Tips for Integrating a New Dentist into a Practice

There is always a concern about patient acceptance when integrating a new dentist into an existing practice whether there are coming in as an associate or as a new owner. Part of the anxiety on the patient’s part comes from their regular dental anxiety and part comes from discomfort with change. Putting a plan in place in advance of change for both team members and patients is essential to have a successful transition.

Here are some of my favorite tips for integrating a new dentist into an existing practice:

  1. Communication is the key to integration. The more transparent the communication, the better it is for the patients and the team members. Have the new dentist prepare a biography not only stating their credentials but some fun facts about themselves and along with a professional headshot and a casual picture. Provide the team this biography in advance so they can feel that they “know” the new provider. This will allow them to feel more confident when letting patients know that their dentist has changed. You can also send out this information in an eblast to patients and display a copy in the office.
  2. The new dentist will want to start building familiarity, trust and loyalty with patients as soon as they start working in the office. If possible, add extra time on to all dentist appointments and hygiene appointments for an initial period of adjustment. This will allow the dentist to not appear rushed and will allow them an opportunity to get to know more than just the dental diagnosis of the patients in the practice.
  3. Whether it is in a change of ownership or a new associate, if there is a previous provider still in the office it will go a long way with patients if you talk about “co-treating” patients in the office. Patients will feel very comfortable if there is collaboration between existing providers and new providers.
  4. If the new dentist is an associate in the practice, the owner will want to mentor to ensure that the practice’s philosophy of treatment is being held up with similar types of diagnosis by the new dentist. If the practice has always had a very conservative approach and the new associate is more proactive, there could be some patients who wouldn’t be happy.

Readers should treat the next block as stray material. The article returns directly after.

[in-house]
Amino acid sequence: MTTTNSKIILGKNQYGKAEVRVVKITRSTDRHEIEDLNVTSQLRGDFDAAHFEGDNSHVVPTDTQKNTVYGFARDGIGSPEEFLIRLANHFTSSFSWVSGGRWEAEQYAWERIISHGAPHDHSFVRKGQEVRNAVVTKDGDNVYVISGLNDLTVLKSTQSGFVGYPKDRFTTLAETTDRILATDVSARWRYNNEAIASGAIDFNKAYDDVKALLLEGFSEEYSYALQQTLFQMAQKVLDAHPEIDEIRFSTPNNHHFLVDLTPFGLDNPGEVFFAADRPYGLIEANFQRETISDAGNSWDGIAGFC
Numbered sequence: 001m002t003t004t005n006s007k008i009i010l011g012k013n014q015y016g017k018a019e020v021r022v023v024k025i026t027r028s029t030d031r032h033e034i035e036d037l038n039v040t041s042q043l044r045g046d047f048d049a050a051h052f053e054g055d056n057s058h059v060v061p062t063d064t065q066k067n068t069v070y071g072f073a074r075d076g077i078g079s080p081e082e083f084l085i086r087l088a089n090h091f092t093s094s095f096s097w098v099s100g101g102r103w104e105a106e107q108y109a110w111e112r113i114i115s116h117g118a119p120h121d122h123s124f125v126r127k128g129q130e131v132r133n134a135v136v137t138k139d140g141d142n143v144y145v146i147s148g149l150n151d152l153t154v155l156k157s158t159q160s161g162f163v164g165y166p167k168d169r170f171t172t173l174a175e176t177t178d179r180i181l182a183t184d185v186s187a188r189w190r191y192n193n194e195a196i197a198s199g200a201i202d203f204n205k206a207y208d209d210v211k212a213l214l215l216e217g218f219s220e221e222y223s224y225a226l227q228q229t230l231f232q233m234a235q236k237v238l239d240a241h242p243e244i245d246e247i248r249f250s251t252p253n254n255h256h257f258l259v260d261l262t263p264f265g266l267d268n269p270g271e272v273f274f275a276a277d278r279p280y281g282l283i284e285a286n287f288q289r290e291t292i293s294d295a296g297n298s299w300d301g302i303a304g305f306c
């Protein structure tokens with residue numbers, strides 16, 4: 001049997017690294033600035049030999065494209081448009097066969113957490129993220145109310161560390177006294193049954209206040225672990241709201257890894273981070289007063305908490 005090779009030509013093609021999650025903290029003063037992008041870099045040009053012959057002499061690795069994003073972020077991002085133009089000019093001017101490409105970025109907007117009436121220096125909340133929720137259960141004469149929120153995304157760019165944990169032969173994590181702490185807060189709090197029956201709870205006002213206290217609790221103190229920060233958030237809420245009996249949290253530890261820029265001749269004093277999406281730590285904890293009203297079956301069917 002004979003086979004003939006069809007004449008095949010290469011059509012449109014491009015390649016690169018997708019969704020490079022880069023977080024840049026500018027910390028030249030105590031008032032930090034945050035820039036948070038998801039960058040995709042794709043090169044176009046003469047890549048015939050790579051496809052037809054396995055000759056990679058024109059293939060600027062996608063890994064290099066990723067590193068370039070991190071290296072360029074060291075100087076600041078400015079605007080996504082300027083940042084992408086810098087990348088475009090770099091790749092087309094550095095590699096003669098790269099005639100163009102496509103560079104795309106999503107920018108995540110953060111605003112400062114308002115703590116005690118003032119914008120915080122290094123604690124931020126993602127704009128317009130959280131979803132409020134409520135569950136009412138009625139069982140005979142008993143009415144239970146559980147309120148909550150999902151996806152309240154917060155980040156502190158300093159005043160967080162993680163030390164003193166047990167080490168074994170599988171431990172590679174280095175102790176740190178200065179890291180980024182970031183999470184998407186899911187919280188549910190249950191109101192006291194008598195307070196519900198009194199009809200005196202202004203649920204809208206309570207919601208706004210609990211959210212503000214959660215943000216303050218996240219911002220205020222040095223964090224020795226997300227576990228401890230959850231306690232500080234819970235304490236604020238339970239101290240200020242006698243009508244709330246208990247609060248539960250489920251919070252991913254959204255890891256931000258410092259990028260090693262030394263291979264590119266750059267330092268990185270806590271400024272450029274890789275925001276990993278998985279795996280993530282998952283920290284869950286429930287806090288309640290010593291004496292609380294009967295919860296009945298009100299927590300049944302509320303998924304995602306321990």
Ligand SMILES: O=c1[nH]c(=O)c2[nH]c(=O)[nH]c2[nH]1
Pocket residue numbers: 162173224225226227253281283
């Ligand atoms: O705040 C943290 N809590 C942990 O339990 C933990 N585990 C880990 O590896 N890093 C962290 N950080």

5. Once the new owner/associate has settled in and patients have begun complimenting their care, you will want to start asking satisfied patients to leave Google reviews that specifically name the new provider. This will help in name recognition by Google if patients search by the dentist’s name.
  6. A new provider will always want to connect with any specialists that they may refer to in the office. Building these professional relationships will help improve patient care with consistent communication.
  7. Ensure that there is proper training for the new provider in the office, that software and charting is occurring by using the software properly and not just having the provider try to figure it on their own. Providing ample training and orientation can help the new dentist understand the policies, procedures, and practice culture, which will help them start on the right foot.

Integrating a new dentist/owner with patients can take time, it requires patience on everybody’s part. The tips I have listed will help make the process much smoother. By providing an environment where communication, familiarity and openness are encouraged, patients and team members can feel more comfortable when the with the new dentist and embrace the changes to the practice.

Leave a Comment

Your email address will not be published.

Get our accountability guide and learn how to transform your dental practice & create lasting results

Everyday I see dental practices make crucial mistakes that burnout their teams and turn away patients. I’ll show you how to change all that in this guide. Download the guide – it’s FREE!